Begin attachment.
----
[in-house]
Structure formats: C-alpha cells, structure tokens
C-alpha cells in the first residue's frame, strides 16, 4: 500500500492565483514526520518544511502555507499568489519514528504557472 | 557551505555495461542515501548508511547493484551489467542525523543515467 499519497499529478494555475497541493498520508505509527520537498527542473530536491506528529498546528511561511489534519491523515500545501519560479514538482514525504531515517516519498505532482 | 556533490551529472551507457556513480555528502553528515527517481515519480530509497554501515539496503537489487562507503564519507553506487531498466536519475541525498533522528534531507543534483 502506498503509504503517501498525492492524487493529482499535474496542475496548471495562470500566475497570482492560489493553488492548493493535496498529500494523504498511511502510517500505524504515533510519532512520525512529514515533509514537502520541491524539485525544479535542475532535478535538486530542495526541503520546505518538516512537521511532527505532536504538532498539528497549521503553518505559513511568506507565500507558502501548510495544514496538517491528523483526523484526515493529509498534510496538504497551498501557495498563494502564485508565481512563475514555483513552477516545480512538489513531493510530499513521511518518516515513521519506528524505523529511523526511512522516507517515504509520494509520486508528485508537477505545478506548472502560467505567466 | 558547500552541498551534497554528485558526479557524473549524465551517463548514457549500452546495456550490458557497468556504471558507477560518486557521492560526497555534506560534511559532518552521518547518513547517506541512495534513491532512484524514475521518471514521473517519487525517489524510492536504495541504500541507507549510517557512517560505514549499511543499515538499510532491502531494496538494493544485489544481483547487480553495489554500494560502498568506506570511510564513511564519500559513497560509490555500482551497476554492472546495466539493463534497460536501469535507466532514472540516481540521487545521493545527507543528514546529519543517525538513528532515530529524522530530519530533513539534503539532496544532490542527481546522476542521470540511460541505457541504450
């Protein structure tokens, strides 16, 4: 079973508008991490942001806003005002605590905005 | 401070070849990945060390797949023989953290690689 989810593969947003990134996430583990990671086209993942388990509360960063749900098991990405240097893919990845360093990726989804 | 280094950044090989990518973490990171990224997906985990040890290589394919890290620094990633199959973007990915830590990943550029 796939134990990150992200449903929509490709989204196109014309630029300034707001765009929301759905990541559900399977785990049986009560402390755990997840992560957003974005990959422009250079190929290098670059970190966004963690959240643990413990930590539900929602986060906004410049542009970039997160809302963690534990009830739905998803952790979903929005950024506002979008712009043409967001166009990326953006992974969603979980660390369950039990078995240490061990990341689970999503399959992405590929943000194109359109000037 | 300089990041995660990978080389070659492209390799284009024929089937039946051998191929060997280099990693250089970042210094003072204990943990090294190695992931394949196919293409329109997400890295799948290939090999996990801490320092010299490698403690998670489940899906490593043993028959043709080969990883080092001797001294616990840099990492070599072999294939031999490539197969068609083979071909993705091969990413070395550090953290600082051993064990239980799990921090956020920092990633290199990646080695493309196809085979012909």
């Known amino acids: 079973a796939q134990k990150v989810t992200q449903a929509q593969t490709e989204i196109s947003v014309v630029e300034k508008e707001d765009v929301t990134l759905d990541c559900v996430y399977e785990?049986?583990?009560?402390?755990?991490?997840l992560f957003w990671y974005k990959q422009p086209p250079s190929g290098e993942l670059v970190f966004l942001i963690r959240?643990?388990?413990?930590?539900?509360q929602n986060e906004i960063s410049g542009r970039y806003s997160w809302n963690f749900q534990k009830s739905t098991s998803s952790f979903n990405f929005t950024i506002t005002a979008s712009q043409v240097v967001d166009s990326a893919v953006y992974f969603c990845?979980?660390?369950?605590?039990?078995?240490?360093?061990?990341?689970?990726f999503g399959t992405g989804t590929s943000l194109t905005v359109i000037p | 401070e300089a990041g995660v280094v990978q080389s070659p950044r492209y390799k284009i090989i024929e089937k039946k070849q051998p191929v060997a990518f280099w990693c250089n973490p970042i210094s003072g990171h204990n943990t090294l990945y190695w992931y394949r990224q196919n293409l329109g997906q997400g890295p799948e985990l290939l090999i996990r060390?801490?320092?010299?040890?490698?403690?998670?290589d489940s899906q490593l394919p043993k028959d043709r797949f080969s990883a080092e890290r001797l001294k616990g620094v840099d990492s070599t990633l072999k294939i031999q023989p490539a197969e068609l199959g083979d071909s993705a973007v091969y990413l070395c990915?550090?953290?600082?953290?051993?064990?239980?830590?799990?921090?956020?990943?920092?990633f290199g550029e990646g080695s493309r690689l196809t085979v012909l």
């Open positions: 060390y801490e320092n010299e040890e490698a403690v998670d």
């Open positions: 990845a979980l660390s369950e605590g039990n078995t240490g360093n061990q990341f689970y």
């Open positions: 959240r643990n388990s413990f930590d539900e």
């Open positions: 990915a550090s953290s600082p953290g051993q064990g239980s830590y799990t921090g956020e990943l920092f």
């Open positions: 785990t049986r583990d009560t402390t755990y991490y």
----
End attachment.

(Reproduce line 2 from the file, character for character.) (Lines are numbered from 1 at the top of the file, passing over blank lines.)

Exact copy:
Structure formats: C-alpha cells, structure tokens